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Fugitives of Chaos by John C. Wright
Edited by David G. Hartwell
Cover Artist: Scott M. Fischer
Review by Drew Bittner
Tor Books Hardcover  ISBN/ITEM#: 0765314967
Date: 14 November, 2006 List Price $25.95 Amazon US / Amazon UK / Show Official Info /

In Fugitives of Chaos, John C. Wright puts his quartet of special kids through an all-new set of challenges. Narrator Amelia Windrose, who initially describes herself as "dead for a day," comes to realize that something doesn't add up; there are gaps and glitches in her memory (and those of her classmates) that cannot be explained. Digging deeper, they come to realize that their memories are faulty for a reason: they were partially erased after their nearly-successful escape.

Armed with the knowledge that something happened, the kids set about rediscovering what they learned in Orphans: that among them, they represent four realms of Chaos and one realm where the four are linked. They are hostages against their kin's good behavior, so that the fragile construct of the Cosmos survives—and a host of godlike entities and mythological forces can continue struggling for power.

It doesn't take the kids long to recover their memories or assign real identities to the "faculty" at their school; however, readers should not assume that this is in any way a rehash of the discoveries made in Orphans. If anything, they acquire a deeper understanding of who they are this time around.

Another type of challenge arises as the kids begin trying to sort out their feelings for each other, now that their true identities begin to emerge. What seemed like adolescent crushes are growing stronger, with the first intimations of love (Amelia shares a first kiss with Quentin, for instance, and loses the memory of it twice over), as well as the struggles all teens face as they grow up.

One difficulty is that none of them understand what their true natures are supposed to be. Are they monsters immersed in the pretense of being human, or are they much like humanity except for having special powers? Can the five of them get along, once they become who they were meant to be or will "growing up" inevitably mean growing apart? These are questions that they address indirectly but which definitely lurk in the background.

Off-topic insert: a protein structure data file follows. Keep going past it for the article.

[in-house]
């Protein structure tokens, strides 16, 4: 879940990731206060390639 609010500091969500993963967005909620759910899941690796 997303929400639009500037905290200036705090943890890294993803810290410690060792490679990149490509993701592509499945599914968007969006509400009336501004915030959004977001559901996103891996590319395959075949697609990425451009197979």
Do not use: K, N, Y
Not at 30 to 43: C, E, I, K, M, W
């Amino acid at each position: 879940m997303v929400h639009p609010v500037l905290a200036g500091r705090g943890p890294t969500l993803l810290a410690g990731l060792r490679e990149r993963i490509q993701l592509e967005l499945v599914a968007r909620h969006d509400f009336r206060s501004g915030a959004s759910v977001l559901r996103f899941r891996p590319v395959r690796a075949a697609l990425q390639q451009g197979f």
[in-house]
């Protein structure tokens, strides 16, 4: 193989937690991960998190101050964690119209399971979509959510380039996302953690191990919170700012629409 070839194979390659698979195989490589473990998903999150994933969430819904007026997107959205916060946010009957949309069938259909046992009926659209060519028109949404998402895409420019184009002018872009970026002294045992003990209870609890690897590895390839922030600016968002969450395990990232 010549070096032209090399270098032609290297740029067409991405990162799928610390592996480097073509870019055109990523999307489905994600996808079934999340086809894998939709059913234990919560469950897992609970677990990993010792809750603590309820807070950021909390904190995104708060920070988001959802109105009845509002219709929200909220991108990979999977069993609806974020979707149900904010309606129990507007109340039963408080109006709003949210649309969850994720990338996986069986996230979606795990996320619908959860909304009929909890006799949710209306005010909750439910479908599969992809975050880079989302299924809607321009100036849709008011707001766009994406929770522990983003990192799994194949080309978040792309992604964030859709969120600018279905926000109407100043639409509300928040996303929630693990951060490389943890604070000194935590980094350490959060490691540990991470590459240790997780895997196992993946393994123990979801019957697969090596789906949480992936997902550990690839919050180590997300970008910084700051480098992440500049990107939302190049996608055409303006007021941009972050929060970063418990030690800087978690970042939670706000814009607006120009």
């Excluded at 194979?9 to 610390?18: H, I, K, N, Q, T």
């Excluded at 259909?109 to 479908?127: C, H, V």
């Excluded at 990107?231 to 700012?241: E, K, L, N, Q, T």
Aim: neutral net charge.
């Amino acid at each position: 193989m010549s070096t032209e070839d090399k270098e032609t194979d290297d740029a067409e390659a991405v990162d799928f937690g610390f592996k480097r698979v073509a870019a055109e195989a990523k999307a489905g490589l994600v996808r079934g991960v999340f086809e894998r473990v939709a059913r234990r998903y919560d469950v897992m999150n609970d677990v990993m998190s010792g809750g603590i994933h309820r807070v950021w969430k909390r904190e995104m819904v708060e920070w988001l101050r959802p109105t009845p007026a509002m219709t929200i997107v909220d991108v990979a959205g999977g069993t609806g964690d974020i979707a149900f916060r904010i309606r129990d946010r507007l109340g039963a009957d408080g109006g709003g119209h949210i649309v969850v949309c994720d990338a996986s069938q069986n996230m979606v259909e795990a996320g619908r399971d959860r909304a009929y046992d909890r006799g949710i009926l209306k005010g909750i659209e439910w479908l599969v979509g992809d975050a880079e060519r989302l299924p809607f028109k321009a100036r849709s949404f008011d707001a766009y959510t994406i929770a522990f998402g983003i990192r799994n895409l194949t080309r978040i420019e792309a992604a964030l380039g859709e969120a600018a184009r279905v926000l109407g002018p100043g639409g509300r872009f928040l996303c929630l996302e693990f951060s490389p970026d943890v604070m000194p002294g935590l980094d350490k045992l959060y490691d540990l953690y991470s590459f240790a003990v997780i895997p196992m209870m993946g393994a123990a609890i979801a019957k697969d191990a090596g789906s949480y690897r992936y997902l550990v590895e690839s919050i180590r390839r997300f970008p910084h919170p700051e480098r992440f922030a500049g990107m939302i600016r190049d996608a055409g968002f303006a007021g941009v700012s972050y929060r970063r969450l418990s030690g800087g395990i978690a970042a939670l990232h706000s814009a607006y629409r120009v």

They agree that escape from the school is a necessary first step, whatever may come after. Now that they've learned from their previous mistakes and acquired the talismen that reinforce their powers, they set out for the borders of their imprisoning schoolyard once again.

But complications arise, such as Amelia being kidnapped by the lustful Grendel (who posed as the groundskeeper Glum) and prepared for her (involuntary) wedding, which leads to dire consequences indeed...

In this second installment, Wright amps up the challenges facing the five kids, as they come to realize the stakes for which they're playing. If they act too quickly or with too much force, the delicate balance of the Cosmos could be thrown off; everything within the physical universe might be ravaged by the four Chaos realms. If they stay, they'll be stuck as hostages for a handful of squabbling demigods and ancient powers, none of whom seem to deserve the power they hold.

The question looming before them is, if they escape... what then? Do they run back to Chaos and ignite the greatest war of all time? Or do they seek to establish a position of strength inside the Cosmos and create a new balance themselves? Wright teases some hints but doesn't tip his hand yet. Besides which, Amelia and her classmates still have some growing-up to do; they haven't figured everything out and what they don't know could destroy everything.

Wright deftly handles the trick of explaining the characters' complex metaphysics without lapsing into pedantry or excessive info-dumping. The singular qualities of each character (and the faculty member that negates them) are made even more clear in this volume. Moreover, he further develops characters like Boggin/Boreus in greater depth, making the elemental North Wind and Grendel far more sympathetic.

Fans of epic myth-based fantasy will be well rewarded with this series… and those who like to see plucky, resourceful kids overcome obstacles might like it a lot too.

Highly recommended.

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